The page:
Recently at Planned Parenthood, we have been talking a lot about abortion stigma across our affiliates. This is thanks to the work that Planned Parenthood Federation of America is doing alongside organizations like The Sea Change Program which focus on abortion stigma. Sea Change defines abortion stigma as “a shared [mis]understanding that abortion is morally wrong and/or socially unacceptable. The stigma of abortion manifests within multiple levels, including media, law and policy, institutions, communities, and individuals.” While this definition may seem a little hefty, basically it is saying that shame and judgment about abortion combine in different places in our society to create the shared idea that abortion is wrong, and that this judgment and shame negatively affects individuals who seek or have had abortions. And with 1 in 3 women having an abortion during their lifetime, and we need to work to end the silence and judgment so they don’t have to carry around other people’s judgment.
When we think about how abortion is portrayed in our media, how it is talked about amongst our peers, and current restrictive laws that are being passed regarding abortion, this definition makes sense. All of these negative forces combine to make access to abortion more difficult. Practical changes, like laws which create waiting periods, put extra burdens on people who are trying to access abortion. Media representations may present people who have abortions as being “in the wrong” or may not even discuss abortion as an option when a character has an unintended pregnancy. People around us, and unfortunately sometimes we as individuals, may talk about abortion in ways that place blame on those who have them (i.e. “If she had just used birth control she wouldn’t be going through this right now!”) Judgment like this from a loved one or peer can be especially harmful.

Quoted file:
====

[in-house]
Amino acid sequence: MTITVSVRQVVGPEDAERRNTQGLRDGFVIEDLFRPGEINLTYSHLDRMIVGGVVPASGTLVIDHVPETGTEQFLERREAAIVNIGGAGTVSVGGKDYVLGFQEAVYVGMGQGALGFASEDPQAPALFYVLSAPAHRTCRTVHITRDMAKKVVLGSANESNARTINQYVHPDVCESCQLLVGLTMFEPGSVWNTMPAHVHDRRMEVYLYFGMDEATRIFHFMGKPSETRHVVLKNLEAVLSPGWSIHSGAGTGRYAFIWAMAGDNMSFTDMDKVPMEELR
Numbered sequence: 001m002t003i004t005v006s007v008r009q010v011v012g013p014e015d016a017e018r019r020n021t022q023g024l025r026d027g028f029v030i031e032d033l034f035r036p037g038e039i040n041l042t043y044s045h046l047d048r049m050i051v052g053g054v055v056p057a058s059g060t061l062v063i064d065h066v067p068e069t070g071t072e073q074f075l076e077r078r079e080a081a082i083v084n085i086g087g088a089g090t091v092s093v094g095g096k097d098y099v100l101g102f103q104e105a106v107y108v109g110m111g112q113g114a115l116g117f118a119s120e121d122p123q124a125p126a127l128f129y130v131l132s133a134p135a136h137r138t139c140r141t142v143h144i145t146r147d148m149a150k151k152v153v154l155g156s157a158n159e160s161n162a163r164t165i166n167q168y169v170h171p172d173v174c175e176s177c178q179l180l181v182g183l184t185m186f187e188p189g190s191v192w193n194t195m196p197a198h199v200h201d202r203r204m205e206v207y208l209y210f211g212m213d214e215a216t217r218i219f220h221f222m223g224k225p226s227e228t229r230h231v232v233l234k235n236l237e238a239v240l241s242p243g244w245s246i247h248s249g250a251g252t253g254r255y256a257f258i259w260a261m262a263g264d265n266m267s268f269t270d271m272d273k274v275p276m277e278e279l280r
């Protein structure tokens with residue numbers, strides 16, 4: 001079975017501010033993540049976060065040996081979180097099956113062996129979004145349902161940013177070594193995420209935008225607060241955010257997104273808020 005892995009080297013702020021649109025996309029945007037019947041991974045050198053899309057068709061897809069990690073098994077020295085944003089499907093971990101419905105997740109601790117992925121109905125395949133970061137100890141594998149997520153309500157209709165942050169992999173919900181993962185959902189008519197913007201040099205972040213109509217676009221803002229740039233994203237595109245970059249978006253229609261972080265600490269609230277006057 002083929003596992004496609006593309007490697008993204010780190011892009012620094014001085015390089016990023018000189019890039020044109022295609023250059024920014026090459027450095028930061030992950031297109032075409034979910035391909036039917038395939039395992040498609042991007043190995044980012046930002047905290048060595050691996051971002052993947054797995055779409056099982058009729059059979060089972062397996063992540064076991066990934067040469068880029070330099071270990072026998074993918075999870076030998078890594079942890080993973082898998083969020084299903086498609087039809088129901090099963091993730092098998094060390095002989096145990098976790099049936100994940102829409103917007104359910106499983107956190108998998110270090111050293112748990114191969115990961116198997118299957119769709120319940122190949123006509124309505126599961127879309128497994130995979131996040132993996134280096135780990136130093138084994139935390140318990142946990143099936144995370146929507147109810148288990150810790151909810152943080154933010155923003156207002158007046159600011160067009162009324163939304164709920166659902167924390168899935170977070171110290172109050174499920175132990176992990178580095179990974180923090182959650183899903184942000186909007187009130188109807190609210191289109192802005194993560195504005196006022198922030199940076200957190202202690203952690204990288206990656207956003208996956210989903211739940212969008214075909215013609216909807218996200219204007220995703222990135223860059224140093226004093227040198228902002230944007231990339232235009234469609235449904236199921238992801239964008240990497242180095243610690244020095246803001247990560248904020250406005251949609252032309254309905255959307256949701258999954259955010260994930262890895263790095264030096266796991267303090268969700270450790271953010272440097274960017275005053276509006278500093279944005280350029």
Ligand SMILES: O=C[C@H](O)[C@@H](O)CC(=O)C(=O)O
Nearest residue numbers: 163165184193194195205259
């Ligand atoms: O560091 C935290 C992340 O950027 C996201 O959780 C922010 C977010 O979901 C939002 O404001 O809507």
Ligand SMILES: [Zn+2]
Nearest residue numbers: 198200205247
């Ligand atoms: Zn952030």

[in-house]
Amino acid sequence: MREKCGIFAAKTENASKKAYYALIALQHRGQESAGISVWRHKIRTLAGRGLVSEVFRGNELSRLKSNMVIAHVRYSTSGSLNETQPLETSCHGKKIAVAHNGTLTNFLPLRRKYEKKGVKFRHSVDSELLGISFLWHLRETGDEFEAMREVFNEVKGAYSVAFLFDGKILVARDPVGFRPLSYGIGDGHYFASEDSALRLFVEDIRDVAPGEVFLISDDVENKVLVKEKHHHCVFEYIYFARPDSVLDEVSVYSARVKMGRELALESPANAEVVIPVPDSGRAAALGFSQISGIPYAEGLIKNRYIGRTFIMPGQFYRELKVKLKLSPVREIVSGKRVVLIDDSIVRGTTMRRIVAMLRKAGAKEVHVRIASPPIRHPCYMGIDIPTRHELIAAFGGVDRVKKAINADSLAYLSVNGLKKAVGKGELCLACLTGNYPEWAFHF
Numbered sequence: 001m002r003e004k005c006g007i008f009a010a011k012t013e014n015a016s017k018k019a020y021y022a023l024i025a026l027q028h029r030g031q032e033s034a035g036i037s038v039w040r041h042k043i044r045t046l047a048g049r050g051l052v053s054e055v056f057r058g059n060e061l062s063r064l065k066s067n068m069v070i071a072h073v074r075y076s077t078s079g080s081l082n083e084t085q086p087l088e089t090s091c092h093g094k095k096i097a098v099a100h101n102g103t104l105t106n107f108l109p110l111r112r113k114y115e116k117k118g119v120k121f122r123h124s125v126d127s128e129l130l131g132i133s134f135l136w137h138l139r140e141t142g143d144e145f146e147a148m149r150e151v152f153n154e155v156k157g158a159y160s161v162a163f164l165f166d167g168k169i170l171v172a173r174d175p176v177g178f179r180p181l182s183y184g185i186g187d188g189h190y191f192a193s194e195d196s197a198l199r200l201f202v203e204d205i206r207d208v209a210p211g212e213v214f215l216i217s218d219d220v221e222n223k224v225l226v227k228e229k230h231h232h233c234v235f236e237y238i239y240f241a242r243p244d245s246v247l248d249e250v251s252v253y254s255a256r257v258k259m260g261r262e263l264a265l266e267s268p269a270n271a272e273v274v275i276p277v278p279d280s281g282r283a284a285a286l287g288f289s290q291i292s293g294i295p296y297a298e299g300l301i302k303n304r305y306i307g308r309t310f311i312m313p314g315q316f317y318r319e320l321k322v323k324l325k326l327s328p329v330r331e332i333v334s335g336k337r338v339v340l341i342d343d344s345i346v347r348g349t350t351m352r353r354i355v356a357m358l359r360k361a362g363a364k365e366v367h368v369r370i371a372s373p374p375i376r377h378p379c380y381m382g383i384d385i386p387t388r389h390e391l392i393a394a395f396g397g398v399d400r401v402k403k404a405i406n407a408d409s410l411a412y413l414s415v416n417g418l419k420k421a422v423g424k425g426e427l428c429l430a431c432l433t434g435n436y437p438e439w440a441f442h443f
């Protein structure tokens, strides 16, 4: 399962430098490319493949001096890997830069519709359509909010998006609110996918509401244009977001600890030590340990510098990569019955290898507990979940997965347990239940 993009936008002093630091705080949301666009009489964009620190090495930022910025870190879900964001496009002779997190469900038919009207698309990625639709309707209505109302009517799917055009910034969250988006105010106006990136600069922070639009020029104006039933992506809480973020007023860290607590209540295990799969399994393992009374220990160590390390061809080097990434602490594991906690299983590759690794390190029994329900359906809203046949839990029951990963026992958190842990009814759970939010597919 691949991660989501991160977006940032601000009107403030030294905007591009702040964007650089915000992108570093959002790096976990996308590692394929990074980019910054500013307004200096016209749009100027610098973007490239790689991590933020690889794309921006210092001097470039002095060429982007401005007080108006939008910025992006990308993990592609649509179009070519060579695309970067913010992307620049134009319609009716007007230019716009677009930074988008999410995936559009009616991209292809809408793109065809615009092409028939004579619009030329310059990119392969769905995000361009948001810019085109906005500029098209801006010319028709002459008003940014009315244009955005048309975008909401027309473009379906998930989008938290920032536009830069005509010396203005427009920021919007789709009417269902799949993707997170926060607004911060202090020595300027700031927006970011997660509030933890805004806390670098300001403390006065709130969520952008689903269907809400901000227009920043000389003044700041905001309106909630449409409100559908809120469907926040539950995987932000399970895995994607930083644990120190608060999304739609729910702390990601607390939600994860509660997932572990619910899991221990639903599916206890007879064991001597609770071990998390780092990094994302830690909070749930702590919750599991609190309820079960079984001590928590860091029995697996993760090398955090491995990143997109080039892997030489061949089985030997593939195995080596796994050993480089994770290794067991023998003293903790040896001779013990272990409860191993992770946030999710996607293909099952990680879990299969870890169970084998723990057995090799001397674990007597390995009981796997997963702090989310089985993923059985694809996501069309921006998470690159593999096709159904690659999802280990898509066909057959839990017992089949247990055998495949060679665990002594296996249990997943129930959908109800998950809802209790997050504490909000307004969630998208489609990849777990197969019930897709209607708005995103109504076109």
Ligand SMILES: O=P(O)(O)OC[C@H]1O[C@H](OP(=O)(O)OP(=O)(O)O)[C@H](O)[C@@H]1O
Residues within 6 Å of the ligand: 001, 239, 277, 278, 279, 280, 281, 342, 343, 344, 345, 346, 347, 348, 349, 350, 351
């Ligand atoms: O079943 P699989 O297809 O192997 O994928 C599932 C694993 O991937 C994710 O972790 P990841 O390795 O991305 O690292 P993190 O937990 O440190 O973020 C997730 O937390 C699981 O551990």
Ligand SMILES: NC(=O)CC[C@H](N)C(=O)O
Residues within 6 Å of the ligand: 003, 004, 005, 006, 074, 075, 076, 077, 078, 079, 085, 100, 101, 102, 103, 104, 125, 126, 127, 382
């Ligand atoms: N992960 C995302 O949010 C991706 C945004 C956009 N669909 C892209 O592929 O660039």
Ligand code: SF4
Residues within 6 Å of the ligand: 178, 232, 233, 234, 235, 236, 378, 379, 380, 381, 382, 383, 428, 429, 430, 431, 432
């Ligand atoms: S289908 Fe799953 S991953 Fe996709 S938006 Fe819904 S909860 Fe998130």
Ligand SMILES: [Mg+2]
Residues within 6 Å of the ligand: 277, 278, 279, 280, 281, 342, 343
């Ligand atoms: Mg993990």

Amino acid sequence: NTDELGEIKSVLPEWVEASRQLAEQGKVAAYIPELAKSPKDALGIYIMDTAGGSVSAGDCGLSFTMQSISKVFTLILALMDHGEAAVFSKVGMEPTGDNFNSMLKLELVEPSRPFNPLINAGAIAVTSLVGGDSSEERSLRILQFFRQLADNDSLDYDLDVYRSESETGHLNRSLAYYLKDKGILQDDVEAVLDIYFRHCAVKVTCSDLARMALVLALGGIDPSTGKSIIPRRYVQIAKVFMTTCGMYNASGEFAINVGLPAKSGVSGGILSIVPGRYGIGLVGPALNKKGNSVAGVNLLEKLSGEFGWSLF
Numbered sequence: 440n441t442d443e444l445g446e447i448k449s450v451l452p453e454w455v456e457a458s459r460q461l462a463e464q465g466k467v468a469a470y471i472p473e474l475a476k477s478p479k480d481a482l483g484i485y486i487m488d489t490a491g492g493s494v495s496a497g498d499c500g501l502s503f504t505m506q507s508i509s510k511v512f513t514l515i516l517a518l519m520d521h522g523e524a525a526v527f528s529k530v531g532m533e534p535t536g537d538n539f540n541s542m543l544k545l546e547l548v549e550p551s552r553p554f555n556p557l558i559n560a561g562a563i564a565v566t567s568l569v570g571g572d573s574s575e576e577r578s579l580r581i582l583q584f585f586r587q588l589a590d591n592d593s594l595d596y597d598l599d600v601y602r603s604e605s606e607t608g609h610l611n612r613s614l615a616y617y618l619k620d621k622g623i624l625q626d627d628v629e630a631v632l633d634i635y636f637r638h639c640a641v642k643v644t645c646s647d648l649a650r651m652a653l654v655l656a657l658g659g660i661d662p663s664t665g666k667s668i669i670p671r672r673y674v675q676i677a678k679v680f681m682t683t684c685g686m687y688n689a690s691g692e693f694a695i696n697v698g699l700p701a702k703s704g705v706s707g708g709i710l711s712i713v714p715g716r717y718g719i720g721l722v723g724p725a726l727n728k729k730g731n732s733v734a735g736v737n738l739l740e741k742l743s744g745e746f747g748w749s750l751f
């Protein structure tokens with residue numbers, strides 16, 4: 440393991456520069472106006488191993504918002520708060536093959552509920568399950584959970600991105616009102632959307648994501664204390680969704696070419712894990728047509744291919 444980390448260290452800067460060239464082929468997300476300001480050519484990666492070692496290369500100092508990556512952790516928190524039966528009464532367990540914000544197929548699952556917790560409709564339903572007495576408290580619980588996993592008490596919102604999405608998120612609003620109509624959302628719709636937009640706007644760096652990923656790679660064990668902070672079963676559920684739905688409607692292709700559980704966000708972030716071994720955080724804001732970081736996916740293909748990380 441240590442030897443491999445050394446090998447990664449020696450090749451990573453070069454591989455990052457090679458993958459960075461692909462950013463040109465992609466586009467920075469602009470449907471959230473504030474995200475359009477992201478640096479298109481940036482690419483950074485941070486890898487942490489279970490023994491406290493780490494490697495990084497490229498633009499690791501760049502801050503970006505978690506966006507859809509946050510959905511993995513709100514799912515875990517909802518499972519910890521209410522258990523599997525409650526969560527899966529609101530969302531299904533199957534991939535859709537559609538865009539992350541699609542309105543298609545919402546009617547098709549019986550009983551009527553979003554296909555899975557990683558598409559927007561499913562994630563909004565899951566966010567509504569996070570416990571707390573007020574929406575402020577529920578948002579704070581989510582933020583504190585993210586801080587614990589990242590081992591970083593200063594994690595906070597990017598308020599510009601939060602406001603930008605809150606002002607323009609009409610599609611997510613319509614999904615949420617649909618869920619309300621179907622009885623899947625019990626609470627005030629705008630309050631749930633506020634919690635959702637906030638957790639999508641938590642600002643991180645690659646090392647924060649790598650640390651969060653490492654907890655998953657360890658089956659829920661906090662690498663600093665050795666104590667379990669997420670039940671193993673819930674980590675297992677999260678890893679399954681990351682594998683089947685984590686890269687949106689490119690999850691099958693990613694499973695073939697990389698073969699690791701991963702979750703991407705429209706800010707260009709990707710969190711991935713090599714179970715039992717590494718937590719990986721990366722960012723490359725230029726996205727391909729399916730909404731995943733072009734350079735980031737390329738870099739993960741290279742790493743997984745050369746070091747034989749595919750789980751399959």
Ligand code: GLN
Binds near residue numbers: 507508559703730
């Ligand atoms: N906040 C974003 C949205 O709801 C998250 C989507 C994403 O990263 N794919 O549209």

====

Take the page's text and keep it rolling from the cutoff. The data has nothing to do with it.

Judgment and shame don’t work to stop abortions, but what they do is create an emotionally desctrutive space that prevents people from accessing the support they need. Medical decisions are personal, and don’t affect outsiders. We can help end stigma by being careful about the ways we talk about abortion, and making it clear that lots of people are affected by those who judge and shame!